I was fascinated by Aunt Elaine’s choice and asked my Great Uncle Burke, her brother, about her decision. He told me that the book The Vintage of Yon Yee by Louise Jordan Miln, which I have my main character Lonnie read, was a major influence in her decision to marry Harry Chan. I couldn’t help but smile over the idea that a book could have such an impact.
So while this story is not based on Harry and Elaine’s lives, they did serve as a muse and motivation to explore this fascinating aspect of our country’s history—a long history of immigrants and their posterity making their way in a complicated, imperfect world. Cross-racial marriages were still prevented in many states during that time and presented a lot of cultural difficulties, and I wanted to explore that aspect as well.

Do you think you will visit World War II again in your writing? If so, what other aspects of the war would you like to explore?
It’s possible! I’ve been asked by several people if there will be a sequel to my book. I’ve said no so far, because I know it would be a very sad story to tell – Alex and Lonnie have a hard road ahead of them. I have thought of writing about a few of my side characters, and with that, I would be interested in exploring the role of agriculture and other aspects of women’s jobs during the war.
In WWII historical fiction, you don’t usually read about the men who stayed behind due to ineligibility, their jobs in the war industry, and even the conscientious objectors. My grandfather was a religious conscientious objector and worked for the U.S. Forest Service during the war instead. Conscientious objections are on the controversial side that we tend not to celebrate, but disdain in favor of patriotism. Cultural feeling toward those people usually manifested in a form of prejudice and persecution not based on race, but belief. I think it would be interesting to explore this aspect.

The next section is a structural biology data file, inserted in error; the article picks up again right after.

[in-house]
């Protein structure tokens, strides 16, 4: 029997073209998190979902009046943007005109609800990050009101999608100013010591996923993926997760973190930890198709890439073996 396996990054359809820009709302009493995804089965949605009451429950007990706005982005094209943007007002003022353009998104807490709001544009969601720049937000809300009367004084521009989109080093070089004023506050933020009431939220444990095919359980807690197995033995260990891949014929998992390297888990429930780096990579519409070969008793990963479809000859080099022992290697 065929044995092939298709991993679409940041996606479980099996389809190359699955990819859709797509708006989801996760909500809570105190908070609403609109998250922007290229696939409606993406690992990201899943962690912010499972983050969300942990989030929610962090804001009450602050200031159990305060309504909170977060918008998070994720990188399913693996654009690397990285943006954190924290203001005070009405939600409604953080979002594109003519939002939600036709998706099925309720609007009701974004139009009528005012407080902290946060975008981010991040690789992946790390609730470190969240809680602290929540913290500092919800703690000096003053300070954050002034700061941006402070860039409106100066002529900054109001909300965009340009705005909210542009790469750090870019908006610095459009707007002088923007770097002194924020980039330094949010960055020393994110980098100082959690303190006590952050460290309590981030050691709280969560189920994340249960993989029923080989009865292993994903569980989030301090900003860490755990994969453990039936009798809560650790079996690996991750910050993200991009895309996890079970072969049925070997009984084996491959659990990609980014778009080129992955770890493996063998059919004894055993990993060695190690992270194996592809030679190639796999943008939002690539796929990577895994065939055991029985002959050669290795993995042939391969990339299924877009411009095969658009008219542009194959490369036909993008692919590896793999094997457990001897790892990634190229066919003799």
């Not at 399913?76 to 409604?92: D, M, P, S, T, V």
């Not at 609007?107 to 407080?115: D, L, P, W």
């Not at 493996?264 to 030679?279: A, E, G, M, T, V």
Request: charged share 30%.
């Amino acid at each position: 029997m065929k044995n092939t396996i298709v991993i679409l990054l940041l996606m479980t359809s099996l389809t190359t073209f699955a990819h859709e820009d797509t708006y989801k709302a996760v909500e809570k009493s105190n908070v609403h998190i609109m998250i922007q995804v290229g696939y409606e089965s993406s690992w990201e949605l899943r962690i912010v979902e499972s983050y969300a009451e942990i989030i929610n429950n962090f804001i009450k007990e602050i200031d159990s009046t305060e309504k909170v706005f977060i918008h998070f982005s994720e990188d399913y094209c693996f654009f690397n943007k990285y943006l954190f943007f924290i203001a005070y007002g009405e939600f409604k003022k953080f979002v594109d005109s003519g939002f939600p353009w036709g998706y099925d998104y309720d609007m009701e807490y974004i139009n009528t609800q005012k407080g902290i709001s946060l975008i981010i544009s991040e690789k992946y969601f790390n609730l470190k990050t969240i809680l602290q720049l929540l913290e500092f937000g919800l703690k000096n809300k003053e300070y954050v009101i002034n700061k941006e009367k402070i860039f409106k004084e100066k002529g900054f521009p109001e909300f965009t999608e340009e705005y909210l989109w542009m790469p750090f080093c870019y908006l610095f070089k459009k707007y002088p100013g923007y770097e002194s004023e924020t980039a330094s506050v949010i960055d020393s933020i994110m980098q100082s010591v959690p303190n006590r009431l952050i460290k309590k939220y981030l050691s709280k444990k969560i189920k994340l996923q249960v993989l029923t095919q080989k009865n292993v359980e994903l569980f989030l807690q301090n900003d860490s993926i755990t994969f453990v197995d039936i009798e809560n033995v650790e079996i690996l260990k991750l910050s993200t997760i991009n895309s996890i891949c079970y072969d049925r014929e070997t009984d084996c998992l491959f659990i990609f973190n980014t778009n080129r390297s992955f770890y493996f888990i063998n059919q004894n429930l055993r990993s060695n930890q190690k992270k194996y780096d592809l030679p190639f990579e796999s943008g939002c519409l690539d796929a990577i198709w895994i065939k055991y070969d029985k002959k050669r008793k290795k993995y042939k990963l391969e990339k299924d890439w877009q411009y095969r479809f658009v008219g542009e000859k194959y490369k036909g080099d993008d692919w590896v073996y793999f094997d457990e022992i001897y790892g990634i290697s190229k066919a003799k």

Thanks Sarah! I loved learning more about your research and inspiration! 

The War Between Us by Sarah Creviston Lee

Published: December 2015

Genres: Historical Fiction/ Christian Fiction

Source: Copy from the author

Goodreads Giveaway through February 12th.

Amazon | Goodreads

Alex Moon is not the enemy.

Six months after Pearl Harbor's tragedy, Korean American Alex Moon is sent away from his home in California for refusing his father's request to join the fight against the Japanese. On his journey, Alex is attacked and stranded in the small town of River Bluff, Indiana just for looking like America's most hated enemy.

Unexpectedly, Alex is befriended by a local girl, Lonnie Hamilton, who comes to his defense, saving him from doubt and despair while placing herself in the cross hairs of prejudice. Alex falls in love with his ally---a love that is clearly forbidden. Torn between his dual identities, Korean and American, and grappling with how everyone sees him, Alex must wage the war within himself---of defending who he is, resolving his tortured feelings about the war, and fighting for the woman he loves.

Join us tomorrow as we take World War II into the realm of speculative fiction.